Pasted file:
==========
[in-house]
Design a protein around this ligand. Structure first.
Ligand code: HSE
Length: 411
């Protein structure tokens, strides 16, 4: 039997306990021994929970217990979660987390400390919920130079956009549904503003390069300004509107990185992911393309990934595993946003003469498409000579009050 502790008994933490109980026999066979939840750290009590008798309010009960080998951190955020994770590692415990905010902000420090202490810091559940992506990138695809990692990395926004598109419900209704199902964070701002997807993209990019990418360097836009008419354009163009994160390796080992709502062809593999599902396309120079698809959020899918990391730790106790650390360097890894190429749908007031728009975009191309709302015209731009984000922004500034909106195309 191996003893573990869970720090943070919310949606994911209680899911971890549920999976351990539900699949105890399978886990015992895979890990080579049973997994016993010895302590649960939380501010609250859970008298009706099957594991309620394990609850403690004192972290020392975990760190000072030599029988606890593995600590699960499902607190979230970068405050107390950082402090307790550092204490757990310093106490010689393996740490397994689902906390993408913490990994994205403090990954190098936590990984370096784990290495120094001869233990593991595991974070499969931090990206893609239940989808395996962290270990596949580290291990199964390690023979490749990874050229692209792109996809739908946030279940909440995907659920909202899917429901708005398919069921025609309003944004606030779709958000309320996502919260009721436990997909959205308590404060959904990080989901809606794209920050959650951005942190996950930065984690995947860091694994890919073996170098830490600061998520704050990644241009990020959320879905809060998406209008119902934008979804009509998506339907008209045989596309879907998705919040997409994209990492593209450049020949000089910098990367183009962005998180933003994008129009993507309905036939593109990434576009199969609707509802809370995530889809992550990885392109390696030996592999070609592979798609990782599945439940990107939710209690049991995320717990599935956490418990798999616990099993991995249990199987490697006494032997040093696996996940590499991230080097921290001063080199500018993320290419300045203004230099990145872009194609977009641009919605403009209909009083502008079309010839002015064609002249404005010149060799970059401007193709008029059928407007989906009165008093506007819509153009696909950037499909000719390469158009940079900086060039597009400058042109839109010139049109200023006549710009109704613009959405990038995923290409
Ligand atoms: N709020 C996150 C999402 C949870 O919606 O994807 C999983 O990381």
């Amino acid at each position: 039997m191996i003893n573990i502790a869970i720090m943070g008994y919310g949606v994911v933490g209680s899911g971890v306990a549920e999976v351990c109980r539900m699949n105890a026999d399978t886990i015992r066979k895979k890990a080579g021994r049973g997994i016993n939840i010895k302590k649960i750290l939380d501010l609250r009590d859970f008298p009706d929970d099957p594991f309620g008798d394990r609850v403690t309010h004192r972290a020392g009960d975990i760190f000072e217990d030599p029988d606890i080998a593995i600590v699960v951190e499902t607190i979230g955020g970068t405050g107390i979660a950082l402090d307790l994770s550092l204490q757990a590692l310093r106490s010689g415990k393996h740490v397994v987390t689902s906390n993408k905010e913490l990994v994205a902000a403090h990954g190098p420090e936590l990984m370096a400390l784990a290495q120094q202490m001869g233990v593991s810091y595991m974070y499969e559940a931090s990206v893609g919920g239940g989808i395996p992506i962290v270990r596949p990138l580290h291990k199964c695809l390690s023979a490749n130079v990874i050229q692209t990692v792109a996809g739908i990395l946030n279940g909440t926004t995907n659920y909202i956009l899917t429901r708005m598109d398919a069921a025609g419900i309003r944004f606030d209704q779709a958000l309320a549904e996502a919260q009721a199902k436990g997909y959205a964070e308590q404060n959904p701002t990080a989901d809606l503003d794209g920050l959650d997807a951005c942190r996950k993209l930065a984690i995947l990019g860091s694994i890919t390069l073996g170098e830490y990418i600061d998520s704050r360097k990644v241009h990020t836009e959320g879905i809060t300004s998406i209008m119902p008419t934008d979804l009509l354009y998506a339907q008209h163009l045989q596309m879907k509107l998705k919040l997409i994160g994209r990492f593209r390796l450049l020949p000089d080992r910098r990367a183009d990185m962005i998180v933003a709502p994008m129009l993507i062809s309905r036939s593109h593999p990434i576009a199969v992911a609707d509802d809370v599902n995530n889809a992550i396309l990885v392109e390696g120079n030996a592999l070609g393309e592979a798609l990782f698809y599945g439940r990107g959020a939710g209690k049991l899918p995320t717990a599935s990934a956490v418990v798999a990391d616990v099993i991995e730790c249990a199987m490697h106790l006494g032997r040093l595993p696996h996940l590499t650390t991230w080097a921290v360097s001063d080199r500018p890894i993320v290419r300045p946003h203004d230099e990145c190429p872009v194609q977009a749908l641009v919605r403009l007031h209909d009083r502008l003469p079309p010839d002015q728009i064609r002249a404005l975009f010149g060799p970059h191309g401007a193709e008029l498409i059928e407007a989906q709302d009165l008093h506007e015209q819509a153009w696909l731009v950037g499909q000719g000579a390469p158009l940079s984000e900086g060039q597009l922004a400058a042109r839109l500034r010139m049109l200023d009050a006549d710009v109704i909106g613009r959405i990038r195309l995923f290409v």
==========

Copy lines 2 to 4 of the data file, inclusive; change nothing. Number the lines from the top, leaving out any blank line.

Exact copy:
Design a protein around this ligand. Structure first.
Ligand code: HSE
Length: 411